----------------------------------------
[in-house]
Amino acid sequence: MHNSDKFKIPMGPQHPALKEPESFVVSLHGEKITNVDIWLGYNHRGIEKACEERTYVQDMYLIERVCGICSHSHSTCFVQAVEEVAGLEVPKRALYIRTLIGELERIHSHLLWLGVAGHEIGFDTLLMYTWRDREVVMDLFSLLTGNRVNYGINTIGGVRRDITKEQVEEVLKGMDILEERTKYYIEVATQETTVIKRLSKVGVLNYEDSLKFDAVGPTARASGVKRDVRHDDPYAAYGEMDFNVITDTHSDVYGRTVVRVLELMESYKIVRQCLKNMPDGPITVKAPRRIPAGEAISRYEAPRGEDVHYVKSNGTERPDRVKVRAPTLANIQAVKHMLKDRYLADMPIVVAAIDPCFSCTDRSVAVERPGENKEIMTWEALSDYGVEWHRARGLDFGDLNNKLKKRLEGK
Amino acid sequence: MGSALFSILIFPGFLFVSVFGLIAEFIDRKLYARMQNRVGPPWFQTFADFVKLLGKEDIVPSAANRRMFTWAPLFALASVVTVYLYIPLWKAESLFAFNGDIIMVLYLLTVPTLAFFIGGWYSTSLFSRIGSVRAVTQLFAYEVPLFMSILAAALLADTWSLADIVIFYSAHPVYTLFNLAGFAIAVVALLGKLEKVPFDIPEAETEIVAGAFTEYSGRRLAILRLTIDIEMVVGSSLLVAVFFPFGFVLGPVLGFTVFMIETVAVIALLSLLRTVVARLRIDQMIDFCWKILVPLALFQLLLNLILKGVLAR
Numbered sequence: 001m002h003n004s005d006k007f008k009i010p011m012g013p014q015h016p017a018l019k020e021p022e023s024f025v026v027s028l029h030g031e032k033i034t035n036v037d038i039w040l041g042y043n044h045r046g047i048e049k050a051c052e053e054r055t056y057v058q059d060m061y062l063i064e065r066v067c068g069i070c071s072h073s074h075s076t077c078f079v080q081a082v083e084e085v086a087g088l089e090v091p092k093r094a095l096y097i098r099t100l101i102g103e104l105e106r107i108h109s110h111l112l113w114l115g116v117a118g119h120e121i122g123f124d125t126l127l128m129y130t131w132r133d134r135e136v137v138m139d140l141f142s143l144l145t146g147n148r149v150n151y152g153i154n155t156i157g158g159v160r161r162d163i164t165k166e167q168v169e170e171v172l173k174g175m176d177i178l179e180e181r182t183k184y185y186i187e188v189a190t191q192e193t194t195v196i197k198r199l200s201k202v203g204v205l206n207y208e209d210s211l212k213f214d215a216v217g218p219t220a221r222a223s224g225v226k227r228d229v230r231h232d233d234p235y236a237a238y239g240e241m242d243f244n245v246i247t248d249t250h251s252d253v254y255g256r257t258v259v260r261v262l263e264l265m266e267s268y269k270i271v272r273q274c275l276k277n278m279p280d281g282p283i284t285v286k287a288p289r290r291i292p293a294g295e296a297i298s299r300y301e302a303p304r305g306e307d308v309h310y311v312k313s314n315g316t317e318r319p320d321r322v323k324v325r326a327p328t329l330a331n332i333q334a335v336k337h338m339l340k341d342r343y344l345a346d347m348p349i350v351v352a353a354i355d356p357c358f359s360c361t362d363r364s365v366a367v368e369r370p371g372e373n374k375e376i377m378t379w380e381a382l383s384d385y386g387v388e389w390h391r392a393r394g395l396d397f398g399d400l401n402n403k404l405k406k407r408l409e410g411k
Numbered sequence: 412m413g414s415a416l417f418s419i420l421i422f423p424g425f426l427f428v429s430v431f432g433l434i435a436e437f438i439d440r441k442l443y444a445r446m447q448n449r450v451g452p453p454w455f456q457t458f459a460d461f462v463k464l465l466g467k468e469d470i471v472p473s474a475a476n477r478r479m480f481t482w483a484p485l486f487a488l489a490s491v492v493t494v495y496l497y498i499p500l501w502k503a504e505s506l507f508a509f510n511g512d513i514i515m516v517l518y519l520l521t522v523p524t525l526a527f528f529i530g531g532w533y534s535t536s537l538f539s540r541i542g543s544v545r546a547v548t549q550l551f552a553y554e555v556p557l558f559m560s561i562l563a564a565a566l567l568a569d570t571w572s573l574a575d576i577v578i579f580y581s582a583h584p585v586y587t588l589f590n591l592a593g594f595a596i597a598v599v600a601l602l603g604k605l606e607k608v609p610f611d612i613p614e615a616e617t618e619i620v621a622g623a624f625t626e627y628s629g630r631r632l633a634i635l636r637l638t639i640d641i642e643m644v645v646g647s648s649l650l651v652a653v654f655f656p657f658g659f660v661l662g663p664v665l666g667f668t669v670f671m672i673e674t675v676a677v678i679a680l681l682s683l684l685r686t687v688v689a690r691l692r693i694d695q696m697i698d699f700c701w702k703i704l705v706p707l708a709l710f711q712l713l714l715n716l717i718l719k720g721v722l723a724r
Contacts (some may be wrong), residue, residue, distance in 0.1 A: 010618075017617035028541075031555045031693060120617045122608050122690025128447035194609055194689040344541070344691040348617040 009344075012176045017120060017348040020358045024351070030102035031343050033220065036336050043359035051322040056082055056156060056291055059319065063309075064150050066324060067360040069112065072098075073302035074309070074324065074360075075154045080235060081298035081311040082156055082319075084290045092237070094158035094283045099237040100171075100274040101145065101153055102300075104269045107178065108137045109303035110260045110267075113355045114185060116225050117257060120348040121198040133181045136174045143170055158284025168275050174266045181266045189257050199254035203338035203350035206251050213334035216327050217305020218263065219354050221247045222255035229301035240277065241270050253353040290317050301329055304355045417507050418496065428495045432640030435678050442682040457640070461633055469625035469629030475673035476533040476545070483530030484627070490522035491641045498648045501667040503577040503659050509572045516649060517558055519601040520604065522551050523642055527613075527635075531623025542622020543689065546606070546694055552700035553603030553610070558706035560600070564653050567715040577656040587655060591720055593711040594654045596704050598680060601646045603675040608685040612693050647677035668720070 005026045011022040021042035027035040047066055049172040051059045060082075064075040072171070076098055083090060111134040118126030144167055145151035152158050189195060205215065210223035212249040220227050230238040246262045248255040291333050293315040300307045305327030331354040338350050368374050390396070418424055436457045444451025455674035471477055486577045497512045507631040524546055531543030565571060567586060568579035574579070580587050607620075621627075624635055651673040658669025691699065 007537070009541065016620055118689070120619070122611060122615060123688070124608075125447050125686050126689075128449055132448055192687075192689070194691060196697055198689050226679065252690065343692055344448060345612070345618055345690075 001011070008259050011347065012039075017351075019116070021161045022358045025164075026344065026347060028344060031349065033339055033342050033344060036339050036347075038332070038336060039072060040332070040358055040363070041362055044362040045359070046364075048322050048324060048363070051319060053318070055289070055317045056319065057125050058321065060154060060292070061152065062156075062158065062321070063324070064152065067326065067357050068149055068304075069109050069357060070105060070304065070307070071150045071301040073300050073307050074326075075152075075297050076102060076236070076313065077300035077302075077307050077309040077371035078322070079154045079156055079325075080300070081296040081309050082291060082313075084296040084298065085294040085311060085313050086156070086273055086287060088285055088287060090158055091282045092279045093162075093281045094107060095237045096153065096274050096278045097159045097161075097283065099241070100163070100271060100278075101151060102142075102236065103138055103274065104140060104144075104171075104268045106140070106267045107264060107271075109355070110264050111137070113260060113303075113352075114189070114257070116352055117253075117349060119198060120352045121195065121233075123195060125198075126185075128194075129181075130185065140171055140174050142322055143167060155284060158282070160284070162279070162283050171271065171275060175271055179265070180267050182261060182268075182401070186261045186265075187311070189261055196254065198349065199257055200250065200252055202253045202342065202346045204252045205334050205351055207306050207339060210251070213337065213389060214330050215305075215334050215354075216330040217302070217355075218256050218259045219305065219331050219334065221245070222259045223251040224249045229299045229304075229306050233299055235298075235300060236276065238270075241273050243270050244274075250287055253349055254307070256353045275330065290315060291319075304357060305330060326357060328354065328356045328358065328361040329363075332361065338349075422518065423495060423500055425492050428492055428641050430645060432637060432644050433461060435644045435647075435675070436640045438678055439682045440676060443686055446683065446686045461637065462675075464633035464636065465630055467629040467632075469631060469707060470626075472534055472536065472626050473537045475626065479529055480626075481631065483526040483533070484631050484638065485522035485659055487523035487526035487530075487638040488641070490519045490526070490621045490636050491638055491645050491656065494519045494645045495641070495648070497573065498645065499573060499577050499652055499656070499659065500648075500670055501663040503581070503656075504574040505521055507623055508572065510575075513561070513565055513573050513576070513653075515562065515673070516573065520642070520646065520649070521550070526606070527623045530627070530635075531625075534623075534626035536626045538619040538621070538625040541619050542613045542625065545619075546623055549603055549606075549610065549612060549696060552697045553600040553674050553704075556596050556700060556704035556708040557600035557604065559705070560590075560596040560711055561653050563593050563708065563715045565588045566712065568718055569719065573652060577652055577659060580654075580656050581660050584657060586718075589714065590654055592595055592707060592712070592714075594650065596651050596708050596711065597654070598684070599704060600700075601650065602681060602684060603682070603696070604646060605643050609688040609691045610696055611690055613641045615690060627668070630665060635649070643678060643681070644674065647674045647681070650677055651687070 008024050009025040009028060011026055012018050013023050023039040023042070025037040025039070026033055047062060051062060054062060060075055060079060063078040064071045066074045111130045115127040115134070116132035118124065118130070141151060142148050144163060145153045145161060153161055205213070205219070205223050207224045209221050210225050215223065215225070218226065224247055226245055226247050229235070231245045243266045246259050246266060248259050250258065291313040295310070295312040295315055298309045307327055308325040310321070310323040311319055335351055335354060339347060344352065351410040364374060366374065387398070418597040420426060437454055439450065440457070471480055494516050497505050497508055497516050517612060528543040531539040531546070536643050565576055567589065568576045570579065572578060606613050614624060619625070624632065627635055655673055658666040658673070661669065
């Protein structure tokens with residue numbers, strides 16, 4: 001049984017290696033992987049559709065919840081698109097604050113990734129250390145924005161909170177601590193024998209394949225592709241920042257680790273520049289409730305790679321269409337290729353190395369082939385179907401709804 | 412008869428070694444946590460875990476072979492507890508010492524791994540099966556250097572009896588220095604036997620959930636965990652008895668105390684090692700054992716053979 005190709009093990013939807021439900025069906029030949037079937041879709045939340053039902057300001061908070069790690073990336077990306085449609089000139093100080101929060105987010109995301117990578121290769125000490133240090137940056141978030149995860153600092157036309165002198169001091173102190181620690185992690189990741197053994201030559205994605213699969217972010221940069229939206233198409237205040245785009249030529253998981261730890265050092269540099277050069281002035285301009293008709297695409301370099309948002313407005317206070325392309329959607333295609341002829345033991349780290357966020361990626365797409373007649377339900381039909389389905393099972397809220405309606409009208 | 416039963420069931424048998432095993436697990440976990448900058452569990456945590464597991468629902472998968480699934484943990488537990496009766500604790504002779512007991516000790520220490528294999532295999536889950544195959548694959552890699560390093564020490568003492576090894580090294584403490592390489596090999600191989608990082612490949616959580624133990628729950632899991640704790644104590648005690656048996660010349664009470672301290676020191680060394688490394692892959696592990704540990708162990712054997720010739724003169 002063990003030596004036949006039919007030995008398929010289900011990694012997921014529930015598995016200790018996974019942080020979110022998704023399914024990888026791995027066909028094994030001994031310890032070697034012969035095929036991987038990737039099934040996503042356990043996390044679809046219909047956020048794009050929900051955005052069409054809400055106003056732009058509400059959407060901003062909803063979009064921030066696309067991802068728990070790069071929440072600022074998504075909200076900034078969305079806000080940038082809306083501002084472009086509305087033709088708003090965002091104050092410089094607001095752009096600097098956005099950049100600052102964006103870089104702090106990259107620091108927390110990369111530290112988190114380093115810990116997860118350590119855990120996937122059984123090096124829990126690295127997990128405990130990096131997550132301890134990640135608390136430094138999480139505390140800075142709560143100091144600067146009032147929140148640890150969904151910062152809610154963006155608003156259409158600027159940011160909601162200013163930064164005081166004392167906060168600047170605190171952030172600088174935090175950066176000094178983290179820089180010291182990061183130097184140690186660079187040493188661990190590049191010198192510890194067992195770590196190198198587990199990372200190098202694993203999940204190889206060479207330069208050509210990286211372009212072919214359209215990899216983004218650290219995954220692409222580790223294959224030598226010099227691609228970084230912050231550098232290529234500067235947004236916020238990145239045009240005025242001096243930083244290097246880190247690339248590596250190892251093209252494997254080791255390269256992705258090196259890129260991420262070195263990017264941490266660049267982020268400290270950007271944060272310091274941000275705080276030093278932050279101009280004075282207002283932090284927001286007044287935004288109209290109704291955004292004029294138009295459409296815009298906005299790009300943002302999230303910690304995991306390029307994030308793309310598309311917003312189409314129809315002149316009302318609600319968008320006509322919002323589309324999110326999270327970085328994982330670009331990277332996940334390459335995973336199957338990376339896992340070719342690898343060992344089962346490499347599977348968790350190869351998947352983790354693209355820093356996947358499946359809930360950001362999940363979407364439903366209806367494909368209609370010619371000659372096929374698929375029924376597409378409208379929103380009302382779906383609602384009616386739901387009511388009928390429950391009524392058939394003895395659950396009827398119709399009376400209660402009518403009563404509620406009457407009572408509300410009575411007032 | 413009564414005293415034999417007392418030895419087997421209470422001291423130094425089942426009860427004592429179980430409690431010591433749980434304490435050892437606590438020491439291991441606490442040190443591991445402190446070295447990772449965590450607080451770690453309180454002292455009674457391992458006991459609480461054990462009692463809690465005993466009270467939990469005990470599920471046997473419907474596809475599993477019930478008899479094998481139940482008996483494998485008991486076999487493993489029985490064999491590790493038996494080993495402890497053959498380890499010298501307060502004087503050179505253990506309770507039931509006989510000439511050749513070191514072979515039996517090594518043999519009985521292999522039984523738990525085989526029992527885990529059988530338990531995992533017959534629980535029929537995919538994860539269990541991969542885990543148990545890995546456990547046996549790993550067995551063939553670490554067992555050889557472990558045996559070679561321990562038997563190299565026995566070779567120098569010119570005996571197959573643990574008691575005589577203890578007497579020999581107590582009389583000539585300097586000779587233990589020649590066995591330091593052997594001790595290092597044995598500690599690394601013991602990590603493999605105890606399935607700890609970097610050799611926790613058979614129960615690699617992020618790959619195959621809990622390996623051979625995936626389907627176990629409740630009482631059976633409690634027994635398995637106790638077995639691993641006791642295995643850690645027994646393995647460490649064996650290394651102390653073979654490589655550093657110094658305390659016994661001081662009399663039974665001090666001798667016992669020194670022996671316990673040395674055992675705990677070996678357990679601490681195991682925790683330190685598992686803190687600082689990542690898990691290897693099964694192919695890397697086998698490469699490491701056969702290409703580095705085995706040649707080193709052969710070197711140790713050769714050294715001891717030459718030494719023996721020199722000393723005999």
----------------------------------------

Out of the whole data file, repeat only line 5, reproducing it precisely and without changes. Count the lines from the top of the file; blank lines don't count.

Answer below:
Numbered sequence: 412m413g414s415a416l417f418s419i420l421i422f423p424g425f426l427f428v429s430v431f432g433l434i435a436e437f438i439d440r441k442l443y444a445r446m447q448n449r450v451g452p453p454w455f456q457t458f459a460d461f462v463k464l465l466g467k468e469d470i471v472p473s474a475a476n477r478r479m480f481t482w483a484p485l486f487a488l489a490s491v492v493t494v495y496l497y498i499p500l501w502k503a504e505s506l507f508a509f510n511g512d513i514i515m516v517l518y519l520l521t522v523p524t525l526a527f528f529i530g531g532w533y534s535t536s537l538f539s540r541i542g543s544v545r546a547v548t549q550l551f552a553y554e555v556p557l558f559m560s561i562l563a564a565a566l567l568a569d570t571w572s573l574a575d576i577v578i579f580y581s582a583h584p585v586y587t588l589f590n591l592a593g594f595a596i597a598v599v600a601l602l603g604k605l606e607k608v609p610f611d612i613p614e615a616e617t618e619i620v621a622g623a624f625t626e627y628s629g630r631r632l633a634i635l636r637l638t639i640d641i642e643m644v645v646g647s648s649l650l651v652a653v654f655f656p657f658g659f660v661l662g663p664v665l666g667f668t669v670f671m672i673e674t675v676a677v678i679a680l681l682s683l684l685r686t687v688v689a690r691l692r693i694d695q696m697i698d699f700c701w702k703i704l705v706p707l708a709l710f711q712l713l714l715n716l717i718l719k720g721v722l723a724r